Various nutritional screening tools are currently used to assess patient prognosis, as several studies have shown that malnutrition can lead to unfavorable outcomes [10]. Subjective Global Assessment and Mini Nutritional Assessment (MNA) are based on subjective data assessed by trained healthcare practitioners [11,12], whereas Prognostic Nutritional Index (PNI), Nutritional Risk Index (NRI), and CONUT scores are based on clinical or objective biochemical data [13,14]. To properly reflect the nutritional status of a patient, it would be more accurate to confirm both subjective and objective information. However, in a clinical setting, an objective, practical, and simple measurement method for primary nutritional screening may be more important. Several scoring systems, such as the PNI, NRI, and CONUT scores, have been proposed as reliable tools. Among the malnutrition scores, the CONUT score revealed the highest predictive ability for major adverse events in patients who underwent carotid artery stenting (CAS) [15]. The CONUT score was initially proposed by Ignacio de Ulíbarri et al. [16] as an easy and efficient nutritional screening tool for identifying malnutrition in hospitalized patients. A recent meta-analysis found that malnutrition calculated by the CONUT score was related to poor prognosis in surgical patients with hepatopancreatobiliary and gastrointestinal cancers [17]. Another study demonstrated an association between CONUT score and unfavorable clinical prognosis in hospitalized patients with various cardiovascular diseases [18]. Despite substantial evidence demonstrating the effectiveness of the CONUT score as an indicator of malnutrition for clinically unfavorable outcomes in various diseases, only one study has used the CONUT score as a prognostic indicator in patients undergoing CAS [15]. The results revealed that higher CONUT scores were associated with a clinically unfavorable prognosis in patients with CAS. In our study, CONUT score was positively associated with acute postoperative complications. However, more research is needed to assess which nutritional-immunological screening tools are the most practical and accurate in predicting clinically unfavorable prognosis after CEA.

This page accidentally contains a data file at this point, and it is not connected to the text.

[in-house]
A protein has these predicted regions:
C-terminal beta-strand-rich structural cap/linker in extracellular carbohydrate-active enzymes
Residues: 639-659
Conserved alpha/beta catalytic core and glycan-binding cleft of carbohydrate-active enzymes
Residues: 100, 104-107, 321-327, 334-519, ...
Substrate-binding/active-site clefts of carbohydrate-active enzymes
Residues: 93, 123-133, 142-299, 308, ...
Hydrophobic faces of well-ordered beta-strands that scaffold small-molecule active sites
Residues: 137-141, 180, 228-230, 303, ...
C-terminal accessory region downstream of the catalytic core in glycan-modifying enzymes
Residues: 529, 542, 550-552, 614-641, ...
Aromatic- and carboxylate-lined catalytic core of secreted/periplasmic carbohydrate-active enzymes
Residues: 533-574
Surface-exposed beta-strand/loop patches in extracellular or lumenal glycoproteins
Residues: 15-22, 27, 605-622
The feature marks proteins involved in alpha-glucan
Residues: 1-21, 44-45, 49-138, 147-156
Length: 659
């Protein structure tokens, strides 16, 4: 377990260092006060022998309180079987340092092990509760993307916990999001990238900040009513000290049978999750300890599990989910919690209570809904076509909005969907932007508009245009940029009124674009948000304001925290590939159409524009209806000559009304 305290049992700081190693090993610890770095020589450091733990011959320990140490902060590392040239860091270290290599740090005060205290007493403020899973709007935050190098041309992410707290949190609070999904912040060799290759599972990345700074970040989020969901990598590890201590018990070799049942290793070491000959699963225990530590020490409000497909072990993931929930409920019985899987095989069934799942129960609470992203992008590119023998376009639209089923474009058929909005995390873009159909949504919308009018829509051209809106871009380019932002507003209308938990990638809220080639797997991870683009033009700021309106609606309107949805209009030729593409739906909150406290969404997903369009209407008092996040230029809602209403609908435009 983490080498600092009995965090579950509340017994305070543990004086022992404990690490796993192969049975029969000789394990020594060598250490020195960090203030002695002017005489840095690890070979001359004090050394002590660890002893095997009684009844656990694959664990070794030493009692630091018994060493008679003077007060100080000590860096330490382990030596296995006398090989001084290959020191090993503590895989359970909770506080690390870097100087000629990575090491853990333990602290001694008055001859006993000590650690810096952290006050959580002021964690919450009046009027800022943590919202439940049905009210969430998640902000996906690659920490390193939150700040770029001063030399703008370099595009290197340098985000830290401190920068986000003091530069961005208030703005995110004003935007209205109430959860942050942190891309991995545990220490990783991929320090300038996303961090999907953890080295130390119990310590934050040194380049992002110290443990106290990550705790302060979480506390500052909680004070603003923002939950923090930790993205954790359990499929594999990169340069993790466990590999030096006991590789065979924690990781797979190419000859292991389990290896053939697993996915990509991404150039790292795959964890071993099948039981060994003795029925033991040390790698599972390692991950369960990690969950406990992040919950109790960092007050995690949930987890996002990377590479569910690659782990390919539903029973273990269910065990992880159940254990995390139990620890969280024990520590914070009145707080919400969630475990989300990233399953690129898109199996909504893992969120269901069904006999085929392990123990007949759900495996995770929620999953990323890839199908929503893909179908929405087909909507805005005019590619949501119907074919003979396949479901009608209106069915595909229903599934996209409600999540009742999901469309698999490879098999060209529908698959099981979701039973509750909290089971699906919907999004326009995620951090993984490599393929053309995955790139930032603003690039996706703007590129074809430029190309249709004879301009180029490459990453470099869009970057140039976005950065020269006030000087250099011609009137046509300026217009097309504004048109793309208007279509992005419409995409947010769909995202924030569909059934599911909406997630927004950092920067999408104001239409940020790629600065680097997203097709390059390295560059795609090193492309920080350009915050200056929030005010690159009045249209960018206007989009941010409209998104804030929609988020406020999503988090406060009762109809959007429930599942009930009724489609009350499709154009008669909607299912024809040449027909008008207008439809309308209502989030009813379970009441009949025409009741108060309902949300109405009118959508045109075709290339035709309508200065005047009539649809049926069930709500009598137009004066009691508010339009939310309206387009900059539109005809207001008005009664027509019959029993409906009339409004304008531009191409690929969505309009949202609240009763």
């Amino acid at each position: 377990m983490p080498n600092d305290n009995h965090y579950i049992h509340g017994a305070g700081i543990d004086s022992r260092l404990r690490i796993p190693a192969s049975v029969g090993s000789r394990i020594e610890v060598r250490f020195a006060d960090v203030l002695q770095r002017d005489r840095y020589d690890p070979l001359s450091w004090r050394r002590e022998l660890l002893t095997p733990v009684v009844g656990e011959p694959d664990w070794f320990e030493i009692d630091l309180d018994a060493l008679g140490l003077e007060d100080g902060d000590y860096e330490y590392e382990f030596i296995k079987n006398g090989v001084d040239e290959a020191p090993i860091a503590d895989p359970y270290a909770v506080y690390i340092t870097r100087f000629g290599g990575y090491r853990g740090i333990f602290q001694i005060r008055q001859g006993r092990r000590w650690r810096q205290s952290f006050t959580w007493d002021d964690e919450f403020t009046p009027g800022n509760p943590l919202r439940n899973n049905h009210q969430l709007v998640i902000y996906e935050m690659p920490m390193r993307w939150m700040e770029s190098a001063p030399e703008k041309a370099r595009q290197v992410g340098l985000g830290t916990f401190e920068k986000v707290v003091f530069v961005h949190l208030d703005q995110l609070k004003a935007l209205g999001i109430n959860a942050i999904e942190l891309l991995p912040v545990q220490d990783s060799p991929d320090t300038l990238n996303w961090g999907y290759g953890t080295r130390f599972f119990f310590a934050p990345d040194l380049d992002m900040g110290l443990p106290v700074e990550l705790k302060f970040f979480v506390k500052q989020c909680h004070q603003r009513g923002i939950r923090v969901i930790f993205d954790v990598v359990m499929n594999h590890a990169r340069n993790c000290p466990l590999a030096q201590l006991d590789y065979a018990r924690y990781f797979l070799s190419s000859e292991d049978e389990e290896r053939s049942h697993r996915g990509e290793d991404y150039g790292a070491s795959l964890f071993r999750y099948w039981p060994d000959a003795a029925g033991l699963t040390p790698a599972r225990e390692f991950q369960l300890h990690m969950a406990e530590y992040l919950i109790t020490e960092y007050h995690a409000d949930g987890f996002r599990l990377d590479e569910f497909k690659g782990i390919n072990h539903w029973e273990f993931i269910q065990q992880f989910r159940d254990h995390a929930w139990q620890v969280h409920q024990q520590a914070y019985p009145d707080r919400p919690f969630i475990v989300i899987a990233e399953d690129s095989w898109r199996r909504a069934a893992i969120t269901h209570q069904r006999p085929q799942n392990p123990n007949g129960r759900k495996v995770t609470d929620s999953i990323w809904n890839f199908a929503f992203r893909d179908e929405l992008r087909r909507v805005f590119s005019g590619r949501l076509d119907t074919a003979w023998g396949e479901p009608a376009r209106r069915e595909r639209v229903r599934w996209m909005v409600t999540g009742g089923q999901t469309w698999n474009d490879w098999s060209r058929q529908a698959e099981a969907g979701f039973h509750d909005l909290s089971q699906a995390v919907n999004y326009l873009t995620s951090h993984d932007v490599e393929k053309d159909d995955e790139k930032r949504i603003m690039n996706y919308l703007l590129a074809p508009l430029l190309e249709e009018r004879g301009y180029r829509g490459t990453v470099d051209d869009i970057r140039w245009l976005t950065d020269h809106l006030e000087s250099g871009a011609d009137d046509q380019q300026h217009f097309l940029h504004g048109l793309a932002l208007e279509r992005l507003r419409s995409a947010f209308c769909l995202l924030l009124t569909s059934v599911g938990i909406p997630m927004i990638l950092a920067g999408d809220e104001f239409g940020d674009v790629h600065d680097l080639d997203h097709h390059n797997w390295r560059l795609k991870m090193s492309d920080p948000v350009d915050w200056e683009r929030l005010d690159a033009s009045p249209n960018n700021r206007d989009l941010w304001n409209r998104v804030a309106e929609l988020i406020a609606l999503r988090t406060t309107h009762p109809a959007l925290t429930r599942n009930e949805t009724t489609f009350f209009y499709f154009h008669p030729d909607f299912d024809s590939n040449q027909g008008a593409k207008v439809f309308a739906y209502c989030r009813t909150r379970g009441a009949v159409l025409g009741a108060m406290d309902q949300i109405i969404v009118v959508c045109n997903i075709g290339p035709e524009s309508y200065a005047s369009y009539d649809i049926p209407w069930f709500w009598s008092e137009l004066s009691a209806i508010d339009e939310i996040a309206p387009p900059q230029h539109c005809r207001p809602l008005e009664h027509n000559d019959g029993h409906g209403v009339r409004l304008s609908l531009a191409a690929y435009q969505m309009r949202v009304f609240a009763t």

Malnutrition accounts for a significant proportion of patients with stroke and neurological impairment, ranging from 6.1% to 62% [19]. According to the CONUT guidelines of our study, 32.4% of patients undergoing CEA were classified as malnourished. Thus, it is essential to elucidate how nutritional status affects acute postoperative complications in patients undergoing CEA. However, the exact pathophysiological mechanism underlying the association between CONUT score and increased postoperative morbidity remains unknown. Indeed, the mechanism of the relationship between CONUT score and increased risk of postoperative complications is considered multifactorial. Other investigators have hypothesized that malnutrition increases major postoperative complications owing to alterations in protein metabolism or decreased physiological reserves to cope with acute surgical stress [20]. In other words, malnutrition itself may lead to a poor prognosis after surgery due to multifactorial consequences such as decreased protein synthesis, increased inflammatory response, and changes in immune function. Interestingly, immunonutritional status was readily assessed using the CONUT score based on serum albumin, total cholesterol, and lymphocyte count because a decrease in the response of each variable with acute disease or acute surgical stress may reflect a low immune nutritional status. Of the three CONUT components, serum albumin level was the most critical parameter. It is generally considered a biomarker of nutritional and systemic inflammatory status. Therefore, hypoalbuminemia may contribute to the progression and development of atherosclerosis [21].